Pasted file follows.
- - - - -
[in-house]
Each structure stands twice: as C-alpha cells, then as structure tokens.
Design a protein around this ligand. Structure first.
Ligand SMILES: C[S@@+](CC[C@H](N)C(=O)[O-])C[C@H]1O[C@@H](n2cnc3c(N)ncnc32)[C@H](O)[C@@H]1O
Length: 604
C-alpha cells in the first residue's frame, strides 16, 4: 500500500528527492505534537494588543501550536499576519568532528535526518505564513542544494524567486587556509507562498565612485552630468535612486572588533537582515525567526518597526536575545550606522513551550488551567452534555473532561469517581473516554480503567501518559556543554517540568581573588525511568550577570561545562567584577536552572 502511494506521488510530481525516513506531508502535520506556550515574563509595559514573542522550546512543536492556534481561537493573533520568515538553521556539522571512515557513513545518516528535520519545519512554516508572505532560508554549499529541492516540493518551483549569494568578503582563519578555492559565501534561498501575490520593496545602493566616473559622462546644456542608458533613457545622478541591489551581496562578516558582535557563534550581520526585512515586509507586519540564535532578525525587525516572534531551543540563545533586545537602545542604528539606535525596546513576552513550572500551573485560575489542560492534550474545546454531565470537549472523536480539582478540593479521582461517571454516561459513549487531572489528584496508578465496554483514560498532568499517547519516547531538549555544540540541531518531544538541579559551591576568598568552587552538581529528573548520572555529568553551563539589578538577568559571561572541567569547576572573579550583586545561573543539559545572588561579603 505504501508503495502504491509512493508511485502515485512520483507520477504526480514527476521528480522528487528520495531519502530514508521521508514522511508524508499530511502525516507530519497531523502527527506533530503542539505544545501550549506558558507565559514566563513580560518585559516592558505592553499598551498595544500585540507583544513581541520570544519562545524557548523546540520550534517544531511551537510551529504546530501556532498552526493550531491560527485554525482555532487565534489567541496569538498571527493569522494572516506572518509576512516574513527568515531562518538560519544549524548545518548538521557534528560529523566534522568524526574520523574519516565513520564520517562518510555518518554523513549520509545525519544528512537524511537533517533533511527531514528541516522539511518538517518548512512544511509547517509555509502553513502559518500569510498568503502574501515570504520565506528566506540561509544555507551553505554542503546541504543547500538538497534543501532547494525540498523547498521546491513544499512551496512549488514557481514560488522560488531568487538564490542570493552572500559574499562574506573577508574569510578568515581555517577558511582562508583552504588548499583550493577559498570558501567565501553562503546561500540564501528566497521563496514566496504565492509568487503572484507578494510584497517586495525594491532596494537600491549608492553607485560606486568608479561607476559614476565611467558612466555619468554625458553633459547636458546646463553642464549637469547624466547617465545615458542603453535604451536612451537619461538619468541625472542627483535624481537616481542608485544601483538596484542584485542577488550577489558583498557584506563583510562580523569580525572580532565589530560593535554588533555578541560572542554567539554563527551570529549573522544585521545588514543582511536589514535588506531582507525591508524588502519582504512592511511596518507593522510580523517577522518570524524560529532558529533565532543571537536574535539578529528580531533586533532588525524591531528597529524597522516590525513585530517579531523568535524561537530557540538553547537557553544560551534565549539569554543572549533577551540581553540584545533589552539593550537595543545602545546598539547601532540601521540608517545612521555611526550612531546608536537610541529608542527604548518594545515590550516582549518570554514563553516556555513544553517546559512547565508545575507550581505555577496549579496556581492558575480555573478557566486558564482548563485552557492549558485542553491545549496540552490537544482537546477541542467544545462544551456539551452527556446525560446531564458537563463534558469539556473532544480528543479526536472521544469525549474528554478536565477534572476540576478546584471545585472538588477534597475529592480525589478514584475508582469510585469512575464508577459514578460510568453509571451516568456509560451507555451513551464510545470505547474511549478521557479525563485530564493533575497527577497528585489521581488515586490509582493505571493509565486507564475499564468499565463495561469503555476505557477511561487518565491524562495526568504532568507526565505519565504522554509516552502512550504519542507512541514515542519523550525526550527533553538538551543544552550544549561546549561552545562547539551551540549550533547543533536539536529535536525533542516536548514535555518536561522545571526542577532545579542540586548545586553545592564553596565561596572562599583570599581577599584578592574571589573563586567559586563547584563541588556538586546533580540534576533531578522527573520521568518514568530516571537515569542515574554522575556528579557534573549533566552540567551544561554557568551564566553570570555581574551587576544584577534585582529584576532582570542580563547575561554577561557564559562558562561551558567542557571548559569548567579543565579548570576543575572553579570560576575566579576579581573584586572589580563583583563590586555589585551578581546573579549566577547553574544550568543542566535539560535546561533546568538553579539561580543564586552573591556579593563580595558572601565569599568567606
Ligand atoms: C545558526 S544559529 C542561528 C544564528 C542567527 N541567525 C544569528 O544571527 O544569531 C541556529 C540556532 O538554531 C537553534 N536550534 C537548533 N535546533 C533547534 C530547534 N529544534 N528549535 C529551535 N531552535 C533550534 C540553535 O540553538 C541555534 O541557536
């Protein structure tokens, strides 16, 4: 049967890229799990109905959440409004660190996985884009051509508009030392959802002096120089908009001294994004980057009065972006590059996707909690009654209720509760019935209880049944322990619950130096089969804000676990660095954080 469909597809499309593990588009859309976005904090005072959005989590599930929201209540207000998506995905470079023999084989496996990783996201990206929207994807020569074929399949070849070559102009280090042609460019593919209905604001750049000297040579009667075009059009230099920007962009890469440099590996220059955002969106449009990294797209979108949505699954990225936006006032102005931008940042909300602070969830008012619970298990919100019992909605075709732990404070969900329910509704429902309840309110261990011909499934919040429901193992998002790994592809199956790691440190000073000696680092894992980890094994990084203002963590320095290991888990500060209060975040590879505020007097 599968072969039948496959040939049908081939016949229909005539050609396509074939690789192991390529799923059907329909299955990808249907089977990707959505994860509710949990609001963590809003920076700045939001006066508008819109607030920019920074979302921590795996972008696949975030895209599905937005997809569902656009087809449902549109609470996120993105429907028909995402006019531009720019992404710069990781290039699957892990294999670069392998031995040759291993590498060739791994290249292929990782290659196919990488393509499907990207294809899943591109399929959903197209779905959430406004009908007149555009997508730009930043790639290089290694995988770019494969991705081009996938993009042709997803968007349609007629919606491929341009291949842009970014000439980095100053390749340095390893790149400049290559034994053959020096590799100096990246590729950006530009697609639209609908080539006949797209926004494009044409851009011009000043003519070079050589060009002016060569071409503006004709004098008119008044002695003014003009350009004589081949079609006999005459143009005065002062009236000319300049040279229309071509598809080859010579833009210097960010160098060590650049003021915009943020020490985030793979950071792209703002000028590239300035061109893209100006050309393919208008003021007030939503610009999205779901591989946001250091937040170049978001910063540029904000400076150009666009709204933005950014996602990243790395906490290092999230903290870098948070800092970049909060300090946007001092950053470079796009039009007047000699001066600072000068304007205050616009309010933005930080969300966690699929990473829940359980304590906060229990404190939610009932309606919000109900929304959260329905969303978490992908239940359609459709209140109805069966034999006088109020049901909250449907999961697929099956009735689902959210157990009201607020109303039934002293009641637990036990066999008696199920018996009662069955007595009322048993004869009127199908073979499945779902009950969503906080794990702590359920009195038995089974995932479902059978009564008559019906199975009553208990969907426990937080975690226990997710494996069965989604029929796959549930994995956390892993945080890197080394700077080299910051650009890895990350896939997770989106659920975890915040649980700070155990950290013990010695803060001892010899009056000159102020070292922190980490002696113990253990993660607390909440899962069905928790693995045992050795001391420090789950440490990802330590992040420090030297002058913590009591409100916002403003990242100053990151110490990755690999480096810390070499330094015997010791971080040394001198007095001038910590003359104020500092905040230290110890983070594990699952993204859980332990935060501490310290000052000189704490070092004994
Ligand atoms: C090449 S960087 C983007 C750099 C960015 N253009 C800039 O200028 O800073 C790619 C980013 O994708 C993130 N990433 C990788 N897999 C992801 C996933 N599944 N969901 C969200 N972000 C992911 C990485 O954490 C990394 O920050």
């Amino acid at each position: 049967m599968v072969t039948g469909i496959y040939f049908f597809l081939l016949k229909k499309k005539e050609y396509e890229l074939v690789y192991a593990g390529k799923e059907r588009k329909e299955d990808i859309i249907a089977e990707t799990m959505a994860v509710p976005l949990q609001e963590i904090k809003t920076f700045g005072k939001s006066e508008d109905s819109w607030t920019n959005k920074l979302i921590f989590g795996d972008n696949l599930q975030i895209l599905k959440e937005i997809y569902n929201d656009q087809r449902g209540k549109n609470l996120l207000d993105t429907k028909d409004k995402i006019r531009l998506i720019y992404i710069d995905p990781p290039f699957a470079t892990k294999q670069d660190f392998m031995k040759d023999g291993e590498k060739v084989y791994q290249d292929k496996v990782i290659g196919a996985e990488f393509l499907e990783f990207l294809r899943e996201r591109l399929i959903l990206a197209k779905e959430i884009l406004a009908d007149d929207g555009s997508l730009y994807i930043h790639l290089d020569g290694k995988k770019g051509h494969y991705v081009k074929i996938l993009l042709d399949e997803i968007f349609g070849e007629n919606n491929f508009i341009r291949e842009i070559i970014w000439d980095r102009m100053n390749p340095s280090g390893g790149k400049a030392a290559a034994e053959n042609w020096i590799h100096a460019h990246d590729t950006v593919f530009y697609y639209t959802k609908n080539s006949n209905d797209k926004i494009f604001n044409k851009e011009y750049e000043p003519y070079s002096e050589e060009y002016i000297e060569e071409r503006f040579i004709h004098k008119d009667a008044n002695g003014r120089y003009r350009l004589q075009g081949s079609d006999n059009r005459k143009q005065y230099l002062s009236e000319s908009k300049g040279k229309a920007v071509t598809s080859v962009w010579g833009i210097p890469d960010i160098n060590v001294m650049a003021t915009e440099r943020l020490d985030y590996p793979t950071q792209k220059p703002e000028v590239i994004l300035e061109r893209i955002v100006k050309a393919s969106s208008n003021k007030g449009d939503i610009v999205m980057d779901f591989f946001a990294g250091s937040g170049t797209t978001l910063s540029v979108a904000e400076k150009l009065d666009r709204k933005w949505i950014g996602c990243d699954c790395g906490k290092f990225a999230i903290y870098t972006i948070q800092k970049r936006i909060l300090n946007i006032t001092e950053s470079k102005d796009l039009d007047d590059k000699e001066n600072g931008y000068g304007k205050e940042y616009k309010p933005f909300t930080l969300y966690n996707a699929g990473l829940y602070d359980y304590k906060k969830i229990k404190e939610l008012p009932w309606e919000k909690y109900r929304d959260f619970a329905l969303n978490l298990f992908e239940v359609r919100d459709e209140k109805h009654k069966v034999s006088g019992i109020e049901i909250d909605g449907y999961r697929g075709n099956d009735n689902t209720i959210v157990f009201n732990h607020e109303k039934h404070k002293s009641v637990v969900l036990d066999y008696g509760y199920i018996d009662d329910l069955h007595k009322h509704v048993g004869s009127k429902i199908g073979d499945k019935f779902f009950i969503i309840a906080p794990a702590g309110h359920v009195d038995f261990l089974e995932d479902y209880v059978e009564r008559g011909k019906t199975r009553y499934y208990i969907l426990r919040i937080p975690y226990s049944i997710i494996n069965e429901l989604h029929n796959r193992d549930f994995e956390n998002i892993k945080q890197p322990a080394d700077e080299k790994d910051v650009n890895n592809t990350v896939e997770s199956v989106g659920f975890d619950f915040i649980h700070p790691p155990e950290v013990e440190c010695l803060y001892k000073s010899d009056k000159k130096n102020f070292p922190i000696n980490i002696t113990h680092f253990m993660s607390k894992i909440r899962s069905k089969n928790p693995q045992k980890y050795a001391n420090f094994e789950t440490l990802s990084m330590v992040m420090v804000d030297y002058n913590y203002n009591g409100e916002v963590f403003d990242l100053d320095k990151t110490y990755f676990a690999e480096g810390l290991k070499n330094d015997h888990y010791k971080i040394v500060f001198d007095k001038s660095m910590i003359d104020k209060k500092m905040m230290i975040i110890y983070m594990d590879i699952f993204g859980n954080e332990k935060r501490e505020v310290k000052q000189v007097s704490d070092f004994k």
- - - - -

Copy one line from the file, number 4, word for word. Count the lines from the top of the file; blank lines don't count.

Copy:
Ligand SMILES: C[S@@+](CC[C@H](N)C(=O)[O-])C[C@H]1O[C@@H](n2cnc3c(N)ncnc32)[C@H](O)[C@@H]1O